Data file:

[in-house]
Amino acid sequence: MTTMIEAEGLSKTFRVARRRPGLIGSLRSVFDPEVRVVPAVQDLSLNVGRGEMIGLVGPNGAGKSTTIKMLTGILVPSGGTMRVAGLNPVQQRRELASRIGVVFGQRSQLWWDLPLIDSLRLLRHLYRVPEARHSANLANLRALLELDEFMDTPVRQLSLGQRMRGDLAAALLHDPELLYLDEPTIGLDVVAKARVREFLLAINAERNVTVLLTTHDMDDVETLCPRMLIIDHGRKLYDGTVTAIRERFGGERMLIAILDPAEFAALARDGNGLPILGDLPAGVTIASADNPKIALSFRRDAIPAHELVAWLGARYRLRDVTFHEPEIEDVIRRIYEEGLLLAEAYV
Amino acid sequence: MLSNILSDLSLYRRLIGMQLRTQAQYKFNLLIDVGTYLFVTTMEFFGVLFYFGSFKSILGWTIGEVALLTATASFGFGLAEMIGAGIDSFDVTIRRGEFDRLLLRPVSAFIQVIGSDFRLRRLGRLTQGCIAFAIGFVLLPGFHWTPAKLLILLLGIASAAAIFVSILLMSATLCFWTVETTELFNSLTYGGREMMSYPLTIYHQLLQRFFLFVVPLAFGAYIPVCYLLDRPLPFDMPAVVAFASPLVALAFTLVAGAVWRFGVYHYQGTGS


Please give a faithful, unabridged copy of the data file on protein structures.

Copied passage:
[in-house]
Amino acid sequence: MTTMIEAEGLSKTFRVARRRPGLIGSLRSVFDPEVRVVPAVQDLSLNVGRGEMIGLVGPNGAGKSTTIKMLTGILVPSGGTMRVAGLNPVQQRRELASRIGVVFGQRSQLWWDLPLIDSLRLLRHLYRVPEARHSANLANLRALLELDEFMDTPVRQLSLGQRMRGDLAAALLHDPELLYLDEPTIGLDVVAKARVREFLLAINAERNVTVLLTTHDMDDVETLCPRMLIIDHGRKLYDGTVTAIRERFGGERMLIAILDPAEFAALARDGNGLPILGDLPAGVTIASADNPKIALSFRRDAIPAHELVAWLGARYRLRDVTFHEPEIEDVIRRIYEEGLLLAEAYV
Amino acid sequence: MLSNILSDLSLYRRLIGMQLRTQAQYKFNLLIDVGTYLFVTTMEFFGVLFYFGSFKSILGWTIGEVALLTATASFGFGLAEMIGAGIDSFDVTIRRGEFDRLLLRPVSAFIQVIGSDFRLRRLGRLTQGCIAFAIGFVLLPGFHWTPAKLLILLLGIASAAAIFVSILLMSATLCFWTVETTELFNSLTYGGREMMSYPLTIYHQLLQRFFLFVVPLAFGAYIPVCYLLDRPLPFDMPAVVAFASPLVALAFTLVAGAVWRFGVYHYQGTGS